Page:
The determination of legislative intent is important because there are instances in which there are legitimate legal disputes between the parties as to what statutory language may mean or what was intended by the language. In these cases, both parties will attempt to argue that their interpretation is the correct one that should be adopted by the court. Obviously then it’s up to the judiciary to determine whose view is the correct one. The concern from this author’s perspective is that the courts utilize an unrealistic viewpoint in determining which legislative intent materials can be properly used by a court, to make a determination.
In determining the intent of the Legislature in enacting state laws, California courts have historically taken a limited view of legislative materials that can be utilized to determine the intent of the Legislature. For example, the courts have determined that documents available to all legislators are the proper ones to use. Of course, this is based on the unrealistic assumption that all legislators read all of the materials before casting their votes on a particular bill. That is not a criticism of the Legislature, but an acknowledgement that legislators cannot be expected to read every bill and all of the background materials and the analyses and thoroughly understand the intent behind each and every measure.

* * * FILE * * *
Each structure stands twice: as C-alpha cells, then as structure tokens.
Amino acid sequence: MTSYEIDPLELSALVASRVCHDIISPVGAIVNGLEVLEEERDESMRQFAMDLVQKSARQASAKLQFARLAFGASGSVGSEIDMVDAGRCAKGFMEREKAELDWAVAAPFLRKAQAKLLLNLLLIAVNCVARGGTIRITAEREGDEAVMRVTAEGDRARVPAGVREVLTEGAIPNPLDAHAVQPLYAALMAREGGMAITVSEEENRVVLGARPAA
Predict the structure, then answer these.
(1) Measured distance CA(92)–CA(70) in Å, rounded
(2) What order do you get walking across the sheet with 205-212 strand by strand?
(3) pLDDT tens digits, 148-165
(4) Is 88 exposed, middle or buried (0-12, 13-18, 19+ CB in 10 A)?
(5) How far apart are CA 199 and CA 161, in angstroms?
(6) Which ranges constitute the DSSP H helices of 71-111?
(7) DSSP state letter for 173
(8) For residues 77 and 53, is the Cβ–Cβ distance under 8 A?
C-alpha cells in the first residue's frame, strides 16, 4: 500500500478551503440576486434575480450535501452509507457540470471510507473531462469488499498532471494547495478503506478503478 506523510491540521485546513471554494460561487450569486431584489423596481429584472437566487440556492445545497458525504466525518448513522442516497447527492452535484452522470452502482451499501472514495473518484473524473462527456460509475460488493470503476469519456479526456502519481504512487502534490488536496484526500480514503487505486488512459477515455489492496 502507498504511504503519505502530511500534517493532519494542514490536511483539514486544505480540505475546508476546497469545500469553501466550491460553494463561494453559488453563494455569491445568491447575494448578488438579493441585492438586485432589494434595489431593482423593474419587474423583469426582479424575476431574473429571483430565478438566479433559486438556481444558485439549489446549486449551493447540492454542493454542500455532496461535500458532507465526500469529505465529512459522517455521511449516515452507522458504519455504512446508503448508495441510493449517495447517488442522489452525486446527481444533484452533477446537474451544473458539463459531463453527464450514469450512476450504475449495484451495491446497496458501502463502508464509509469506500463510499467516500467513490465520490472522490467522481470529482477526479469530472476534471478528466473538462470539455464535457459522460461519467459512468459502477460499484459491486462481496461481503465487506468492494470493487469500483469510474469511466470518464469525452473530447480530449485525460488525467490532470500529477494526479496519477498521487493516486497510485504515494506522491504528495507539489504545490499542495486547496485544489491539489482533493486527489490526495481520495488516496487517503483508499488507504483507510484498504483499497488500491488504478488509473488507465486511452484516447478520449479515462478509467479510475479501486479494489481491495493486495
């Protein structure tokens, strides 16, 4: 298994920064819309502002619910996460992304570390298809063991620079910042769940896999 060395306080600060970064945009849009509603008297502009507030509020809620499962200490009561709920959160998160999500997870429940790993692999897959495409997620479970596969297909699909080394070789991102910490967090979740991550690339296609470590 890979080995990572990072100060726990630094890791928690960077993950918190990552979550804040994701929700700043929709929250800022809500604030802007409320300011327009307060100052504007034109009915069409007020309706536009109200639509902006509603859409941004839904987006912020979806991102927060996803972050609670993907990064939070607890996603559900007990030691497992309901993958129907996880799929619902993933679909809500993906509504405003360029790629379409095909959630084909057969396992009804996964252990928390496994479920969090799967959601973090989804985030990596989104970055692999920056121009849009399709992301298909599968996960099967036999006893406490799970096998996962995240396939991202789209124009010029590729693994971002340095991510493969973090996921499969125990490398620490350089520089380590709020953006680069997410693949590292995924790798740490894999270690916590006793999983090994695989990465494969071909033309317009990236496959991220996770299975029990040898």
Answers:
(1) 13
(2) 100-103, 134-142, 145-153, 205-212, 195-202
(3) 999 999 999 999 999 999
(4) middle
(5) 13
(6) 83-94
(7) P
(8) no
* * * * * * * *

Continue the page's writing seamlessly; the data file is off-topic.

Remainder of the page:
The main source of legislative intent, in the California Legislature is found in the committee and floor analyses. Unfortunately, these committee and floor bill analyses, rarely provide details or insights into why specific bill language was or was not used in a bill. Generally, these bill analyses explain existing law, changes to the law being proposed by the bill, arguments for and against the bill, and a few staff comments regarding the bill’s provisions. However, rarely is specific language discussed and the reasons why that particular language was used. As a result, there are definite limitations in gleaning insights into the language used by the Legislature when it comes to particular bills.
Because of these factors, California courts’ reliance on certain legislative materials is important, but the state courts often take an unnecessarily narrow view of which items of legislative history can be appropriately used to determine the intent of the Legislature. One possible reason is that the judicial branch does not have a fundamental understanding of the legislative process.
Sometimes a statute’s plain reading can be followed, but at other times that may not be so easy and the courts will have to rely upon the limited evidence of legislative intent that is available to them to use. Thanks for joining today’s podcast on finding legislative intent.
You can find a full transcript of today’s podcast here.